through my groaning all day long.

God has created us as wonderfully integrated beings; the physical, emotional, and spiritual aspects of our lives are impacted by one another. Thus, it is no surprise that when we keep silent about our sin and attempt to bury our shame, we find that it has physiological ramifications as well.

But even though we know that hiding our sin is not good and that it will only create more problems for us, we still choose to hide and manage our sin. Because somewhere along the line, we convinced ourselves that the cost of others knowing our sin is greater than keeping it to ourselves.

The great irony is that freedom and deliverance are found in the bittersweetness of vulnerability, transparency, and confession. Which is what the psalmist declares in Psalm 32:5:

I acknowledged my sin to you,

and I did not cover my iniquity;

I said, “I will confess my transgressions to the LORD,”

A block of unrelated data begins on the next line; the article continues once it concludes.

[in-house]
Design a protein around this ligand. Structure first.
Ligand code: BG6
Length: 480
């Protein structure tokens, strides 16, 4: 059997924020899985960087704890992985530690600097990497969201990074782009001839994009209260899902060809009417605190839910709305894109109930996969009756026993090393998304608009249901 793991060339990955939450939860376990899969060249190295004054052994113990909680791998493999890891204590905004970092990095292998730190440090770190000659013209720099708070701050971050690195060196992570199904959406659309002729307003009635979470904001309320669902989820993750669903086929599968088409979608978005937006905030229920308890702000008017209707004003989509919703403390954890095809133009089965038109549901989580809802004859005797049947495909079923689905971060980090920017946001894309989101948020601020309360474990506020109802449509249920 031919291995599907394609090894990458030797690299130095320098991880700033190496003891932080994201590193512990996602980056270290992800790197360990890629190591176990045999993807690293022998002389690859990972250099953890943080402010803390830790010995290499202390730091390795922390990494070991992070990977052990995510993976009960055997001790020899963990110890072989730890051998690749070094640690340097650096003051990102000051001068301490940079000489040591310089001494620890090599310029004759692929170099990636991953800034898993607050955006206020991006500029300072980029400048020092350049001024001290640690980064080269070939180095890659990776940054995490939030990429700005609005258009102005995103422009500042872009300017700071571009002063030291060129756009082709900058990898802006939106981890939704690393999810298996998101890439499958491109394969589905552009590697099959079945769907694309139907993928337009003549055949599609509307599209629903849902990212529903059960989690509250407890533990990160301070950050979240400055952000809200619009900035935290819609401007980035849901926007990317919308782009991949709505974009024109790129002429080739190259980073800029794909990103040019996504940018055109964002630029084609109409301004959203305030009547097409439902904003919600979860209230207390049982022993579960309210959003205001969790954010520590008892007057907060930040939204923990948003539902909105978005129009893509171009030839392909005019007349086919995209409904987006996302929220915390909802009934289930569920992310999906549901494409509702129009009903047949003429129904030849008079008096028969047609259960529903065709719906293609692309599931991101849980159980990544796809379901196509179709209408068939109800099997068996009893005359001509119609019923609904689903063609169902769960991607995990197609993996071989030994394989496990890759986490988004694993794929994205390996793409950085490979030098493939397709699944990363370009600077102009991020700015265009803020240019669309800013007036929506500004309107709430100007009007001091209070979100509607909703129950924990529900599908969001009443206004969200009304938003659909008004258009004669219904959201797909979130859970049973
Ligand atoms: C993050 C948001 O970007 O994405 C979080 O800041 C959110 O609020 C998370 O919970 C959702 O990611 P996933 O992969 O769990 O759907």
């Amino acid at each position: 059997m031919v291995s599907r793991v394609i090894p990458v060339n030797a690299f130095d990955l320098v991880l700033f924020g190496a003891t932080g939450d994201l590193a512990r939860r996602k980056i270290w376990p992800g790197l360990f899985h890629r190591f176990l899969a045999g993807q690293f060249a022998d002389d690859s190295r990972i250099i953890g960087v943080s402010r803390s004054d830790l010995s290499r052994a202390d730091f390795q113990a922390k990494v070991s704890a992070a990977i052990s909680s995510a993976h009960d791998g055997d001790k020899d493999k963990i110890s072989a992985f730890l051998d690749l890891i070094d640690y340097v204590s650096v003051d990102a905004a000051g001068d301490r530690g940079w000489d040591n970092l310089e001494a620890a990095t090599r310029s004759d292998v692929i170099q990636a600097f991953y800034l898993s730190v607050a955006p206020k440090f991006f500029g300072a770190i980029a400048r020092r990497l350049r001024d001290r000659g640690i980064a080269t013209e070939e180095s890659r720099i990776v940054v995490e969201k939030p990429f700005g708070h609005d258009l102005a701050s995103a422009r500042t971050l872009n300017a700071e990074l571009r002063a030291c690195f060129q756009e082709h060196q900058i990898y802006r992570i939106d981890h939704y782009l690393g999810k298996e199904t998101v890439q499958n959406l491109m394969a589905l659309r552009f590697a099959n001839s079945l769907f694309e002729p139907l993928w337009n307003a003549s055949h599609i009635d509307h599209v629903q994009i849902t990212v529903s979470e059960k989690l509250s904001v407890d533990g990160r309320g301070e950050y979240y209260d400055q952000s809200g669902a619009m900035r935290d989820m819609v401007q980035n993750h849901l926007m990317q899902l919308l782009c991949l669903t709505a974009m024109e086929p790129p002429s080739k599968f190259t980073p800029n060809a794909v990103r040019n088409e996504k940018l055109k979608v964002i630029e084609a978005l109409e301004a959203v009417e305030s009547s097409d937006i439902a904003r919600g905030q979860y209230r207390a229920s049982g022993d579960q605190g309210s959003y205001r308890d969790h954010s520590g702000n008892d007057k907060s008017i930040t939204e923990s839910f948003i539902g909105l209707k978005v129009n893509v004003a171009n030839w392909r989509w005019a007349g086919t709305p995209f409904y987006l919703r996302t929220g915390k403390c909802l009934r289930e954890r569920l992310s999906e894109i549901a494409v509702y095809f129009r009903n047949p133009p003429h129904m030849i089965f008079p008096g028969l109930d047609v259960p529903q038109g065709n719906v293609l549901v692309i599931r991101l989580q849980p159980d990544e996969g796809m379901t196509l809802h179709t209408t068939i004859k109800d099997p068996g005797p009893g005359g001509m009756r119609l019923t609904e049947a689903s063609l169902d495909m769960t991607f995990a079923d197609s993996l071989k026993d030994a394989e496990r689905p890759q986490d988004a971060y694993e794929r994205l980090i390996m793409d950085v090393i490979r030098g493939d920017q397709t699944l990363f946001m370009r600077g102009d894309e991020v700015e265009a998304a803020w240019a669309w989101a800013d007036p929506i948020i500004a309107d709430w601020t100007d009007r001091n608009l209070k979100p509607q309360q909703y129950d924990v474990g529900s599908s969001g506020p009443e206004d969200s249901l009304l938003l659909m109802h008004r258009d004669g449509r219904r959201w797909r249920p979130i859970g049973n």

and you forgave the iniquity of my sin. Selah

When we talk about confession, we are referring to the practice of being open and honest about our sin with God and with others (James 5:16). It is about admitting our brokenness with sincerity to God as well as inviting others to see our brokenness so that we might find healing and hope. While we can trust that God will love us and forgive us when we confess our sins (1 John 1:9) we don’t have the same assurance when we open up to others. This is why we must be wise and discerning with whom we choose to share “the fine chinet of our life with,” as David Powlison puts it.

Now, it is not difficult to see how the practice of confession is simultaneously appalling and appealing. As Frederick Buechner once said, “What we hunger for perhaps more than anything else is to be known in our full humanness, and yet that is often just what we also fear more than anything else.”